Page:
Free Fall: Oil Prices Go Negative

Apr 20, 2020
Originally published on April 20, 2020 5:41 pm

Updated at 4:53 p.m. ET

The dramatic collapse in worldwide demand for oil led to an extraordinary development on Monday: U.S. oil prices fell below zero for the first time ever, and kept falling.

The key U.S. oil benchmark, West Texas Intermediate, settled at negative $37.63.

Driven by a trading contract deadline, traders desperately looked for buyers for the barrels of oil they normally hold in their books. But buyers were hard to find — even when the oil was being given away for free.

So some traders, instead of paying to buy oil, were ready to pay as much as $37.63 to get someone to accept delivery of one barrel of oil.

The coronavirus pandemic has led the global economy to slam the brakes, leading to an extremely sharp drop in demand for oil. It has created a massive oil glut and raised concerns about the lack of physical storage space for it.

The specific sell-off on Monday is partly due to market mechanics, because the May futures contract for West Texas Intermediate is about to expire. During normal times, traders just sell these contracts and roll on to those of future months. But now, buyers that are capable of receiving and storing that much oil are in short supply.

The prices of other types of crude, without a deadline coming up that quickly, have not dropped nearly so sharply.

But in general, crude oil prices are very low and continue to fall. Brent, an international benchmark, is in the mid-$20s and fell more than 9% on Monday.

At the start of 2020, a barrel of West Texas Intermediate cost around $60. Prices had dropped swiftly because of the coronavirus, landing at around $18 a barrel on Friday, ahead of Monday's big dive.

Oil-producing countries and companies are trying to reduce their output, but they can't keep pace with the extremely rapid drop in global demand as the world economy hits the brakes.

That's creating a massive oversupply of oil and raising concerns about where to physically store it all.

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MARY LOUISE KELLY, HOST:

Today the price of crude oil went negative, as in, oil traders and investors were paying money to unload the oil futures they had already invested in. Before you ask, yes, this is unprecedented. These, of course, are unprecedented times. NPR's Camila Domonoske has been watching the markets today. She's here with us now.

Hey there.

CAMILA DOMONOSKE, BYLINE: Hi.

KELLY: So what happened today?

DOMONOSKE: So West Texas Intermediate crude - that's the benchmark that's used in the United States to price oil - and it went bonkers today.

KELLY: Clearly.

DOMONOSKE: I woke up this morning, and it was under $12. And that felt newsworthy. It was the lowest in decades, right? So I'm like, oh, here's the news. From there, the price kept going down. You hit single digits, the lowest price ever in the history of this particular crude oil. It kept going down - $1 a barrel, zero dollars a barrel. And then it kept going down to negative $37. And when I say this has never happened before, literally, the exchange where this trading happens had to change its system to allow for negative numbers.

KELLY: So my...

DOMONOSKE: It was wild.

KELLY: Yeah, totally wild. And my follow-up question is, what is going on? That's the what happened. Now let's get to the why. Is this all about demand - the fact that we're all staying home, nobody's out driving and buying gas?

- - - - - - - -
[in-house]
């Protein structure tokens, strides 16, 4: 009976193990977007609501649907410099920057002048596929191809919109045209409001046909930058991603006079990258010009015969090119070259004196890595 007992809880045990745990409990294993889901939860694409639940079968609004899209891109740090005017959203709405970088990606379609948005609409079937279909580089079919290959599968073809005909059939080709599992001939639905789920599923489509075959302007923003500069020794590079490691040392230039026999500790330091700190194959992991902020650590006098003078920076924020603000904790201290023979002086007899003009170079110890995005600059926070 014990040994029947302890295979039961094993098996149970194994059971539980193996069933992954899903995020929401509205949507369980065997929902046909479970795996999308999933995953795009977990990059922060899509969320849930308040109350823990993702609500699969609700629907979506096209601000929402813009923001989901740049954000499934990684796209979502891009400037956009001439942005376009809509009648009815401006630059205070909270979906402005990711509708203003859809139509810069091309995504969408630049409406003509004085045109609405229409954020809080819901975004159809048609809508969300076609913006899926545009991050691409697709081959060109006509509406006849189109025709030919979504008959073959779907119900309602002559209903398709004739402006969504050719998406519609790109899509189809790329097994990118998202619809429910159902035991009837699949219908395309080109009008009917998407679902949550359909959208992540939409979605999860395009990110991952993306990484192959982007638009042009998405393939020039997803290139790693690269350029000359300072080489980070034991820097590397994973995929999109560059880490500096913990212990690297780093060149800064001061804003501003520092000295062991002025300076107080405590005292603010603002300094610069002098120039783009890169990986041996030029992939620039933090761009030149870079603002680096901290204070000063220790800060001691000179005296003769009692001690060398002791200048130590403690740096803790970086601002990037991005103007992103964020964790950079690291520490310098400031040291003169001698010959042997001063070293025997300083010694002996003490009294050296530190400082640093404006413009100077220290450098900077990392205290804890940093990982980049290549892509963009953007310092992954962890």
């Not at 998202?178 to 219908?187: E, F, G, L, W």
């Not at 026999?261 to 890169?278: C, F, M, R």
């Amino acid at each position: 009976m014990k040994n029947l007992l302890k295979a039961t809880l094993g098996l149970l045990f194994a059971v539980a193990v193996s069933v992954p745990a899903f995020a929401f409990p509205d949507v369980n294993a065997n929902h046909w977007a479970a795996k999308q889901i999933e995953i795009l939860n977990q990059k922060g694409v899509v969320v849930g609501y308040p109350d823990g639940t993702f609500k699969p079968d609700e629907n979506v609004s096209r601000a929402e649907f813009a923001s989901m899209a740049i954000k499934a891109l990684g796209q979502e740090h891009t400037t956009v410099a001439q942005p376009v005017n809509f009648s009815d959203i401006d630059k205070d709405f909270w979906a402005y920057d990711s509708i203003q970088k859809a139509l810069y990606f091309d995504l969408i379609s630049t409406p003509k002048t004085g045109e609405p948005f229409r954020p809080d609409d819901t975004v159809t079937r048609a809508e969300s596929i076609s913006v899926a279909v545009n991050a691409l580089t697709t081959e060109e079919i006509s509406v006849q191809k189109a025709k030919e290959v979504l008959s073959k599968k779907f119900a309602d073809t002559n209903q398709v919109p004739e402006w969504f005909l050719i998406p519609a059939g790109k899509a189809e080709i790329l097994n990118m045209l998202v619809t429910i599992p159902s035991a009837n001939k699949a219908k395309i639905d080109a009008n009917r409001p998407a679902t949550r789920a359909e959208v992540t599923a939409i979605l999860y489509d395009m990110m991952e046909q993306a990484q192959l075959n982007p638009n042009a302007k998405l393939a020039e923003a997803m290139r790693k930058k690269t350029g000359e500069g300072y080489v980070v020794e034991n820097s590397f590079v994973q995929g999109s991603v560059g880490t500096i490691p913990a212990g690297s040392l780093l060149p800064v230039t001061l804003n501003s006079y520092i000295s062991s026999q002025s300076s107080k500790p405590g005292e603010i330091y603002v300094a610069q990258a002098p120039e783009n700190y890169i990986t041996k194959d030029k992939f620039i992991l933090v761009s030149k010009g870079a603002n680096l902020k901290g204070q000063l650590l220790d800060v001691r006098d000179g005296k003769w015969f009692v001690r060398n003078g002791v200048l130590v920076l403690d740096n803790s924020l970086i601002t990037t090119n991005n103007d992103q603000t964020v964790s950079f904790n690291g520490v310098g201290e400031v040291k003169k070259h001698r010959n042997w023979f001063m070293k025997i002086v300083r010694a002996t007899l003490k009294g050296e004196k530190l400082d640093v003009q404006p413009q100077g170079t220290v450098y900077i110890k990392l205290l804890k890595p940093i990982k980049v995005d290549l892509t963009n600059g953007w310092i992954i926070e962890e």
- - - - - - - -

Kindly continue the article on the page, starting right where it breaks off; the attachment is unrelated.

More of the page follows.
DOMONOSKE: Yeah. So that's part of it. This is - why this happened is a complicated question. Definitely part of it is that the pandemic has caused nobody to drive. People aren't flying as much as they would. Demand for oil has just gone off a cliff. So that's pushed crude prices down. That's true for all kinds of crude all around the world. So you're looking at $20 for crude instead of $60 for crude. That's low prices.

Prices going negative for West Texas - there's something else going on here. And part of it is that there was this deadline. So I have to get a little bit into how oil futures work. But you're paying now to get oil delivered later, right? So right now, maybe you would pay to get oil in May.

KELLY: OK.

DOMONOSKE: And normally, that's valuable 'cause, you know, people are going to want oil in May, right? So that's something that's worth something. But right now, because of the pandemic, because there's so much production in demand because people haven't been able to reduce production enough to keep pace with that drop, there's just too much oil in the world. So suddenly, having oil for arrival in May means you have to find somewhere to store that oil. So instead of being something that's valuable that someone will pay money to you in exchange for, you have to pay someone in order to take that off of your hands.

So this deadline is coming up tomorrow where anybody who was holding an oil future as an investment has to find a buyer for it by tomorrow or else they're going to get this shipment of oil. So if you're an investor who was planning to make money off of this, suddenly you're not going to make money off of it. You also don't want to get stuck with oil that you can't store. So you had to find a buyer, and they were having to offer money to get people to commit to take this oil.

KELLY: And just really quickly, Camila, can oil prices stay negative?

DOMONOSKE: We're expecting the oil prices will go back up once this deadline has passed and we're returning to more normal times, but they'll still be low.

KELLY: All right. NPR's Camila Domonoske on a stunning day for oil prices.

Thank you, Camila.

DOMONOSKE: Yeah. Thank you. Transcript provided by NPR, Copyright NPR.